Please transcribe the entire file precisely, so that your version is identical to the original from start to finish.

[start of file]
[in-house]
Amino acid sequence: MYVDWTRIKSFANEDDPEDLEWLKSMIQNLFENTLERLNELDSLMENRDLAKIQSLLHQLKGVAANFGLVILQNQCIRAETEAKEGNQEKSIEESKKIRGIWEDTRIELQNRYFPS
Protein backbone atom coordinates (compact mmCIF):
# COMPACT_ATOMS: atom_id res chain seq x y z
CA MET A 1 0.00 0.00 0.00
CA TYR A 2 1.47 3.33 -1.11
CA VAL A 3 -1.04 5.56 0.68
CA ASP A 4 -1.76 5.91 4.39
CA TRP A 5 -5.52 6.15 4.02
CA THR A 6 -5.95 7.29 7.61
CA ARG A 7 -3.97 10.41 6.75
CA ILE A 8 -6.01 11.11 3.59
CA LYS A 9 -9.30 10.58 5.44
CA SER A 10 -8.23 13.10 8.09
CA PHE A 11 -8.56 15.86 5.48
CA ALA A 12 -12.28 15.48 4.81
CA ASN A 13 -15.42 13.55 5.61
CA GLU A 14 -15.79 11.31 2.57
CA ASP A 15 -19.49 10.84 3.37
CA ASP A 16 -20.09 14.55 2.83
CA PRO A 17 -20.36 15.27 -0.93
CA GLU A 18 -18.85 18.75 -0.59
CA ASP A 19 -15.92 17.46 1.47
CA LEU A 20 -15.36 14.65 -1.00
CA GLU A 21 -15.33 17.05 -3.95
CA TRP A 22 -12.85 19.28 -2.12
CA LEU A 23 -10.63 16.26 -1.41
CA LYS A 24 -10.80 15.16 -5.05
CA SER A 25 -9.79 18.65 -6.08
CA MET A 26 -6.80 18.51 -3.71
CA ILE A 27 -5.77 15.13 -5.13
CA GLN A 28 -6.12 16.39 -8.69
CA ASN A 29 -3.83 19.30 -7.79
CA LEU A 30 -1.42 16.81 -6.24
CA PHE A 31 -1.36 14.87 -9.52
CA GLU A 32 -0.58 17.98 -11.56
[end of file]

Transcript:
[in-house]
Amino acid sequence: MYVDWTRIKSFANEDDPEDLEWLKSMIQNLFENTLERLNELDSLMENRDLAKIQSLLHQLKGVAANFGLVILQNQCIRAETEAKEGNQEKSIEESKKIRGIWEDTRIELQNRYFPS
Protein backbone atom coordinates (compact mmCIF):
# COMPACT_ATOMS: atom_id res chain seq x y z
CA MET A 1 0.00 0.00 0.00
CA TYR A 2 1.47 3.33 -1.11
CA VAL A 3 -1.04 5.56 0.68
CA ASP A 4 -1.76 5.91 4.39
CA TRP A 5 -5.52 6.15 4.02
CA THR A 6 -5.95 7.29 7.61
CA ARG A 7 -3.97 10.41 6.75
CA ILE A 8 -6.01 11.11 3.59
CA LYS A 9 -9.30 10.58 5.44
CA SER A 10 -8.23 13.10 8.09
CA PHE A 11 -8.56 15.86 5.48
CA ALA A 12 -12.28 15.48 4.81
CA ASN A 13 -15.42 13.55 5.61
CA GLU A 14 -15.79 11.31 2.57
CA ASP A 15 -19.49 10.84 3.37
CA ASP A 16 -20.09 14.55 2.83
CA PRO A 17 -20.36 15.27 -0.93
CA GLU A 18 -18.85 18.75 -0.59
CA ASP A 19 -15.92 17.46 1.47
CA LEU A 20 -15.36 14.65 -1.00
CA GLU A 21 -15.33 17.05 -3.95
CA TRP A 22 -12.85 19.28 -2.12
CA LEU A 23 -10.63 16.26 -1.41
CA LYS A 24 -10.80 15.16 -5.05
CA SER A 25 -9.79 18.65 -6.08
CA MET A 26 -6.80 18.51 -3.71
CA ILE A 27 -5.77 15.13 -5.13
CA GLN A 28 -6.12 16.39 -8.69
CA ASN A 29 -3.83 19.30 -7.79
CA LEU A 30 -1.42 16.81 -6.24
CA PHE A 31 -1.36 14.87 -9.52
CA GLU A 32 -0.58 17.98 -11.56